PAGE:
I almost always makes TWO templates… essentially the first “template” will have some imperfections from the final shaping and sanding usually varying angles of the template edge. I will take this initial template and use it to cut the final template on the router table. If I do not do this the angles left on the original can produce inconsistent results based on the height of the bit each time I use it.

Another good reason for making multiple templates is when your desired result is a symmetrical piece… In this instance I make my initial template just slightly larger or wideras it is than half the piece, cut the second template to this point, flip mirror image and complete the final template.

As for attaching the work piece for me there is no better method than discreetly and sparingly placed brad nails throught the template into the piece.

View NiteWalker's profile

NiteWalker

2735 posts in 2039 days


#5 posted 02-20-2012 06:03 PM

I make two templates for each one to be used; first an mdf template since its easy to sand and shape, then I use that one to make a baltic birch permanent template. I always use double sided tape to hold my templates in place while I rout.

-- He who dies with the most tools... dies with the emptiest wallet.

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Absinthe

84 posts in 1994 days


#6 posted 02-20-2012 06:06 PM

Thanks for all the quick replies. It is, however, the “sneaking up” process and tools that I am asking about. Spindle sander, drum in drill press, sandpaper by hand, file, rasp… and so forth.

What do you use most and/or with easiest accuracy?

I like the idea of making 2 to get one, but I also like the whole CNC or laser cutting, though I have not used one of the services that offers them so I have no idea where to start with that.

-- Absinthe

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TurtlePondWoodWorks

2 posts in 1750 days


#7 posted 02-20-2012 06:36 PM

I have a very small shop space so no drum sander for me.. On occasion I have used my belt sander clamped to the saw fence to help with the rounded scroll tgype shapes. However this method is more like running than sneaking and I make my final assault by hand. No files or rasp for me.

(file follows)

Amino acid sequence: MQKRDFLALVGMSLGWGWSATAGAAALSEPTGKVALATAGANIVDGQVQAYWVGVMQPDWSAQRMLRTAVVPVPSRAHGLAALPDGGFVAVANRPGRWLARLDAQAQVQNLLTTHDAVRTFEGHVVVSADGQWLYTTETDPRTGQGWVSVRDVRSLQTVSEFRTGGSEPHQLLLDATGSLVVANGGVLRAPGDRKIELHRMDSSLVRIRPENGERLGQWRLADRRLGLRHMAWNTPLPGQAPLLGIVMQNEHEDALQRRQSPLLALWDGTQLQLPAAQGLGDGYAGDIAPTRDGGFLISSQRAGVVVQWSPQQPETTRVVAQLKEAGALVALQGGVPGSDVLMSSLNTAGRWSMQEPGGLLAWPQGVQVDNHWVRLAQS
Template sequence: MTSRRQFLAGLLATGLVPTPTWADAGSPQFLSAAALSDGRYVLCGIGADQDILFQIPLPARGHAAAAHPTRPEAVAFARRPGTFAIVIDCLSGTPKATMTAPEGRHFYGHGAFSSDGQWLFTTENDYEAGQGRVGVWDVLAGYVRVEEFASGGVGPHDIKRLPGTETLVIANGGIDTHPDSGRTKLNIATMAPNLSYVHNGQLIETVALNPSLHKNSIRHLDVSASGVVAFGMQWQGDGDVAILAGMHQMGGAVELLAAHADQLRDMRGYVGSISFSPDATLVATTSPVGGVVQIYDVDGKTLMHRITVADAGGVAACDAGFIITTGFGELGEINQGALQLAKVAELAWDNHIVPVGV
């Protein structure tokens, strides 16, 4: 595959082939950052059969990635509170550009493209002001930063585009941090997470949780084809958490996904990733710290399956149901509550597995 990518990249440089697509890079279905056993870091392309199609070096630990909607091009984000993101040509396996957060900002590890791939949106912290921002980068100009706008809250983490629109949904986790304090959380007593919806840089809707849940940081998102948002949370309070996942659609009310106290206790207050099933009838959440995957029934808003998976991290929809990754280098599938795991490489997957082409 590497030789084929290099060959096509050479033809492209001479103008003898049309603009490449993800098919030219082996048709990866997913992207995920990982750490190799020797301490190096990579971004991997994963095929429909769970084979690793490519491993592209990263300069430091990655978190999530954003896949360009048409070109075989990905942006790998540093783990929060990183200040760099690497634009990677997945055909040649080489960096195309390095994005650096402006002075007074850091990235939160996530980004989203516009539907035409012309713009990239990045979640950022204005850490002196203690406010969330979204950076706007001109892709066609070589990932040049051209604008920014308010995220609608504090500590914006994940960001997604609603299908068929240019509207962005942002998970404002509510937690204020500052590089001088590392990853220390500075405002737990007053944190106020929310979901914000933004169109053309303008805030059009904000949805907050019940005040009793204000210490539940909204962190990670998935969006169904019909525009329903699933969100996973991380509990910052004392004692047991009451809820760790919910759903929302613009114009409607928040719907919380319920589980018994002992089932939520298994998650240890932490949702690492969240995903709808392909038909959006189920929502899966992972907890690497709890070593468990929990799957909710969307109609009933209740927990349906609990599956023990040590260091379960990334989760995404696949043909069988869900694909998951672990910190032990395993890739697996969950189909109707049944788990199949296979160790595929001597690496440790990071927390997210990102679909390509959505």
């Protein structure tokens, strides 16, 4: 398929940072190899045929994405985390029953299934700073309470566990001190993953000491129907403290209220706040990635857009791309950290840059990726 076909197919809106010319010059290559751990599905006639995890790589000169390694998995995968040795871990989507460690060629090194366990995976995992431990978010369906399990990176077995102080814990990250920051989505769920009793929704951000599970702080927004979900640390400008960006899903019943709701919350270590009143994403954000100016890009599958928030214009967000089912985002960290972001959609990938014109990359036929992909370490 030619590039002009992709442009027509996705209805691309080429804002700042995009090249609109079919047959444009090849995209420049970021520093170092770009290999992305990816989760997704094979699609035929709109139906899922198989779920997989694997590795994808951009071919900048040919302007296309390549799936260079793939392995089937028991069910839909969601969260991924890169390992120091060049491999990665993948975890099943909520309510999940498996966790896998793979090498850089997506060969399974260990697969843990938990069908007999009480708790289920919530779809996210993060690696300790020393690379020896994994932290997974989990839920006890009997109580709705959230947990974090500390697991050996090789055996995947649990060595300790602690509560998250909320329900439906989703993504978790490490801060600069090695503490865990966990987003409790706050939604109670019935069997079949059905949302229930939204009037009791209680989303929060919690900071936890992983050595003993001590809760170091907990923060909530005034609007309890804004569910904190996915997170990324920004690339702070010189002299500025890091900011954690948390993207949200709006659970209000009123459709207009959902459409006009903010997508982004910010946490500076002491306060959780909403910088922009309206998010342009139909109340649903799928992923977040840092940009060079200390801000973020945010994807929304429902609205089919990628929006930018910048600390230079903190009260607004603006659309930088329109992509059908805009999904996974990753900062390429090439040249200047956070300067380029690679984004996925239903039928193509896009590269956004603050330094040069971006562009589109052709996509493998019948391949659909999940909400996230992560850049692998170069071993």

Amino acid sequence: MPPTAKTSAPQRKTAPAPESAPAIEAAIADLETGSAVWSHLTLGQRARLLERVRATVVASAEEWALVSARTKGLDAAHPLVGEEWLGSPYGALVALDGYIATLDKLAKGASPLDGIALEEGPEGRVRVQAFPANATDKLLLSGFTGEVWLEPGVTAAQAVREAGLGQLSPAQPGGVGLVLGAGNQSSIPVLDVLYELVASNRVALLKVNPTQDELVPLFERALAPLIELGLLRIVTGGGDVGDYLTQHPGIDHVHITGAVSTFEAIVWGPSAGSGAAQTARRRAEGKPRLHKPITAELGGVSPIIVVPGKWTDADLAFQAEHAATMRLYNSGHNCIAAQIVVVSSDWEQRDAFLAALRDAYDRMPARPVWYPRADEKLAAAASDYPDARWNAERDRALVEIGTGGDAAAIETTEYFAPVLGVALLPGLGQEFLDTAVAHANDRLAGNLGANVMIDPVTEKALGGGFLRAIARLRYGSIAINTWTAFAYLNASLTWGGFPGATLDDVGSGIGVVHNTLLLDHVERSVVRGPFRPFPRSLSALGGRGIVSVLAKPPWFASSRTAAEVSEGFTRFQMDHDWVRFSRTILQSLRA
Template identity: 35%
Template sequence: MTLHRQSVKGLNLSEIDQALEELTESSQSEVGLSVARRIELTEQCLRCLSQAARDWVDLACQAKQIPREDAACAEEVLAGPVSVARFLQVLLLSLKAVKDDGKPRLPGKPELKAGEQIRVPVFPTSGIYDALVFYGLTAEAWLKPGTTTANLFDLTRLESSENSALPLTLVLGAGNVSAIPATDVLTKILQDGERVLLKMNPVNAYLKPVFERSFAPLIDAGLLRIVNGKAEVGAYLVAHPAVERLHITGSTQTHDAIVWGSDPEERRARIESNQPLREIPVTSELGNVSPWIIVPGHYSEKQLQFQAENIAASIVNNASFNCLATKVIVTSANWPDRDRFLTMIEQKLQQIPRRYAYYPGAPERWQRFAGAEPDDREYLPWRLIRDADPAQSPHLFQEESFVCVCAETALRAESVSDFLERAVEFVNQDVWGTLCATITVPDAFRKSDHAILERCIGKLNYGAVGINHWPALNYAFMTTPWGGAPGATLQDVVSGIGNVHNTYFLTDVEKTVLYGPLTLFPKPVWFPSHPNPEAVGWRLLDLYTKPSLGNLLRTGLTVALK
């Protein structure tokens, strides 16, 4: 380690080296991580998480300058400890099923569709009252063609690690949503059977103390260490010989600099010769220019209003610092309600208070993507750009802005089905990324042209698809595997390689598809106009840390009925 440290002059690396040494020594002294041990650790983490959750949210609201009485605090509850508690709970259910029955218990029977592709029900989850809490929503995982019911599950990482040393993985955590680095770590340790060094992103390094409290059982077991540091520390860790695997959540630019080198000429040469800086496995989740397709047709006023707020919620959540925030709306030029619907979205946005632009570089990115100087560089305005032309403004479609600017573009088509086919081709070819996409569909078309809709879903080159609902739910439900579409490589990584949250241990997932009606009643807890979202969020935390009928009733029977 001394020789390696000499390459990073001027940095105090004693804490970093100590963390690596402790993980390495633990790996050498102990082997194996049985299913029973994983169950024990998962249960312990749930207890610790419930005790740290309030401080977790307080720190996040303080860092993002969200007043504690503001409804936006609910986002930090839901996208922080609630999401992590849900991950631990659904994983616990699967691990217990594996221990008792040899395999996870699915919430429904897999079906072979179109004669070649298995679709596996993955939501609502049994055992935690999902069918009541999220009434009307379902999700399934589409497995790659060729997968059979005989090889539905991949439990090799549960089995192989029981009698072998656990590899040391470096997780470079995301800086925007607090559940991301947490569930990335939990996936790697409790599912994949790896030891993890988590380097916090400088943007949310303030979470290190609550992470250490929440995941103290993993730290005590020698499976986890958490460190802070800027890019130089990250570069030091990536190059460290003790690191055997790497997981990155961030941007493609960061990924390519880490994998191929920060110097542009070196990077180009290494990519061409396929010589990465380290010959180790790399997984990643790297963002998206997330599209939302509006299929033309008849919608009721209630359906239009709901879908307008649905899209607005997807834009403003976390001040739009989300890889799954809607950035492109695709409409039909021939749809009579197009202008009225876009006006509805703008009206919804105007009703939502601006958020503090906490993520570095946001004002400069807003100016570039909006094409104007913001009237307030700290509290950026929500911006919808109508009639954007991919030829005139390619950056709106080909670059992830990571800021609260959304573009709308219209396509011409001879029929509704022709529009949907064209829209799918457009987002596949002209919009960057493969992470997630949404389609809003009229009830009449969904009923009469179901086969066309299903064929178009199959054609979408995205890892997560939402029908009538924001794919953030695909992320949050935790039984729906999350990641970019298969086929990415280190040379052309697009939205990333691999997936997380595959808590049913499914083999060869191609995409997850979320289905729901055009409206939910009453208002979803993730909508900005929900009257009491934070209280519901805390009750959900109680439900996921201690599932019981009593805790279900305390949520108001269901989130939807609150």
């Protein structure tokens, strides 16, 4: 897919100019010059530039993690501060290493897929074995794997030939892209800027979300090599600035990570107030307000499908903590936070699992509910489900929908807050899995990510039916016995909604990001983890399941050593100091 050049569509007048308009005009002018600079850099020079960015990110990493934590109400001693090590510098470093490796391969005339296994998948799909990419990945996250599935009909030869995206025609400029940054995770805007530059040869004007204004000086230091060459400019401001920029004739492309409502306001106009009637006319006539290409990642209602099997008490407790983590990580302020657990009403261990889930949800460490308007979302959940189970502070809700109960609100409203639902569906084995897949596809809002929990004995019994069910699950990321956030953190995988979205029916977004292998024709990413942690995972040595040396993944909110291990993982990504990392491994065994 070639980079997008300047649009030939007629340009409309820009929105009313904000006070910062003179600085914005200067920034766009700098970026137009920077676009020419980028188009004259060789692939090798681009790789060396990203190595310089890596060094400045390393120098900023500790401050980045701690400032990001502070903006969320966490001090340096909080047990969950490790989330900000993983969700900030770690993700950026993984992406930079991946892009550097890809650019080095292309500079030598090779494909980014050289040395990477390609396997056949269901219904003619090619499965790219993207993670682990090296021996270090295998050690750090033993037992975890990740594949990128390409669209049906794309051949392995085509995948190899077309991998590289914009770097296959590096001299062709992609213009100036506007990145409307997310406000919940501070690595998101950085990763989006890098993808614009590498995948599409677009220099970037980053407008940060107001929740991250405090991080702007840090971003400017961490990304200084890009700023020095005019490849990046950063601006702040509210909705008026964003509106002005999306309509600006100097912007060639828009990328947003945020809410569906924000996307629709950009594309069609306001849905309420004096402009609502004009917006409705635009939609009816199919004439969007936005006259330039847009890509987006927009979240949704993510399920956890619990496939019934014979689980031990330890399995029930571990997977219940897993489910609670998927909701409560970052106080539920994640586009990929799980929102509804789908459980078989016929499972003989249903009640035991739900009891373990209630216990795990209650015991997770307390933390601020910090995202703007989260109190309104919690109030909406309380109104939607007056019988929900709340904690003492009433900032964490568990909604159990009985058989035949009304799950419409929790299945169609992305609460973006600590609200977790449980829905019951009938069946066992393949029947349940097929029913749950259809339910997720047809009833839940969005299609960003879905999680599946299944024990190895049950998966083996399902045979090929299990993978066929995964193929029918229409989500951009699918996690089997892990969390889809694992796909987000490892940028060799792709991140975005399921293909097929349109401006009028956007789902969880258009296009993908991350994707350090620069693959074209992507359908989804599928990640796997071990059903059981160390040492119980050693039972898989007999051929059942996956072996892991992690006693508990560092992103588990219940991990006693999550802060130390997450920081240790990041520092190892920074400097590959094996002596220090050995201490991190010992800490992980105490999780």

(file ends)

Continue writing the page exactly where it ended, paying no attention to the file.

Just a reminder/thought… The making a template to make a template idea I shared is essential if you require a template of any great thickness.

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Absinthe

84 posts in 1994 days


#8 posted 02-20-2012 08:35 PM

I think it would be sufficient at 1/4” .

Here it is in PDF form:

http://ripguides.com/Jigs/Print%20HeartJig.pdf

I got the idea from a picture someone posted of a set of OPE templates for 12” wheels, but I was told they no longer sold such a product, and besides it was for 12” and I want at least 20”.

Feel free to use this template for any purpose other than selling the actual pattern.

-- Absinthe

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Absinthe

84 posts in 1994 days


#9 posted 02-23-2012 12:00 PM

Ok, so I am a big baby. I redid the designs for all three shapes and sent them out to Ponoko for laser cutting in acrylic. So now, instead of a template that I will have to position several times, I will be able to position it once and cut out all the voids at once. And, if I really want to, I can simply copy it onto hardboard or whatever and work from that. I will let you all know how it works out.

-- Absinthe

View NiteWalker's profile

NiteWalker

2735 posts in 2039 days


#10 posted 02-24-2012 05:08 AM

For sneaking up on the line, hand sanding. MDF shapes very easily so it goes quick.

-- He who dies with the most tools... dies with the emptiest wallet.